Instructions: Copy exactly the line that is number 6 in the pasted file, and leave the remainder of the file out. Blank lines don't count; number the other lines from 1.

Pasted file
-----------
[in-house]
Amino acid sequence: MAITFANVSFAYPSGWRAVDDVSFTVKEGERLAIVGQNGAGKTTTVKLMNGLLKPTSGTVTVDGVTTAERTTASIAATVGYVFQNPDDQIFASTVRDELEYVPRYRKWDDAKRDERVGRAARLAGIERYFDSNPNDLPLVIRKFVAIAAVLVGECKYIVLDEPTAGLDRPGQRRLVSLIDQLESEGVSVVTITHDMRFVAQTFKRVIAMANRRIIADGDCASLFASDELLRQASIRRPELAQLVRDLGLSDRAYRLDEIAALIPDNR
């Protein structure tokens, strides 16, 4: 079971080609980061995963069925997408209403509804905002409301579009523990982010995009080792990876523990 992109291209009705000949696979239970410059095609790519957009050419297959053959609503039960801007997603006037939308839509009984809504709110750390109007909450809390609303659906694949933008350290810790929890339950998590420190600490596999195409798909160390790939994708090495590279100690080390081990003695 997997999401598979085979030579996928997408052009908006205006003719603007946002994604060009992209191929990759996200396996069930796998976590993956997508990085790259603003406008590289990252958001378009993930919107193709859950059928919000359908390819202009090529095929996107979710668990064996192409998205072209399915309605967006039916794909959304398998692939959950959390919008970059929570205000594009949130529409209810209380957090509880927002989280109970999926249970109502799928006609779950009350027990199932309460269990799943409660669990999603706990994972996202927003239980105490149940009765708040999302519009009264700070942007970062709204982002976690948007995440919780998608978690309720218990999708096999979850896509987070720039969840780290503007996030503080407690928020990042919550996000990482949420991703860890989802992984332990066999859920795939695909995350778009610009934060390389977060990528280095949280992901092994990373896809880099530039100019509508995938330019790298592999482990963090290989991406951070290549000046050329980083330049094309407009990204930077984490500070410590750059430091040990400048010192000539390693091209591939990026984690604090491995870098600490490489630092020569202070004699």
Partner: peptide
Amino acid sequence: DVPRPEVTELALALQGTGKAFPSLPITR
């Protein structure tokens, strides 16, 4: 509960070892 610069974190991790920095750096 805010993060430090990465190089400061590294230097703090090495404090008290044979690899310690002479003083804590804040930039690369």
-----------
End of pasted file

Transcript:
């Protein structure tokens, strides 16, 4: 509960070892 610069974190991790920095750096 805010993060430090990465190089400061590294230097703090090495404090008290044979690899310690002479003083804590804040930039690369």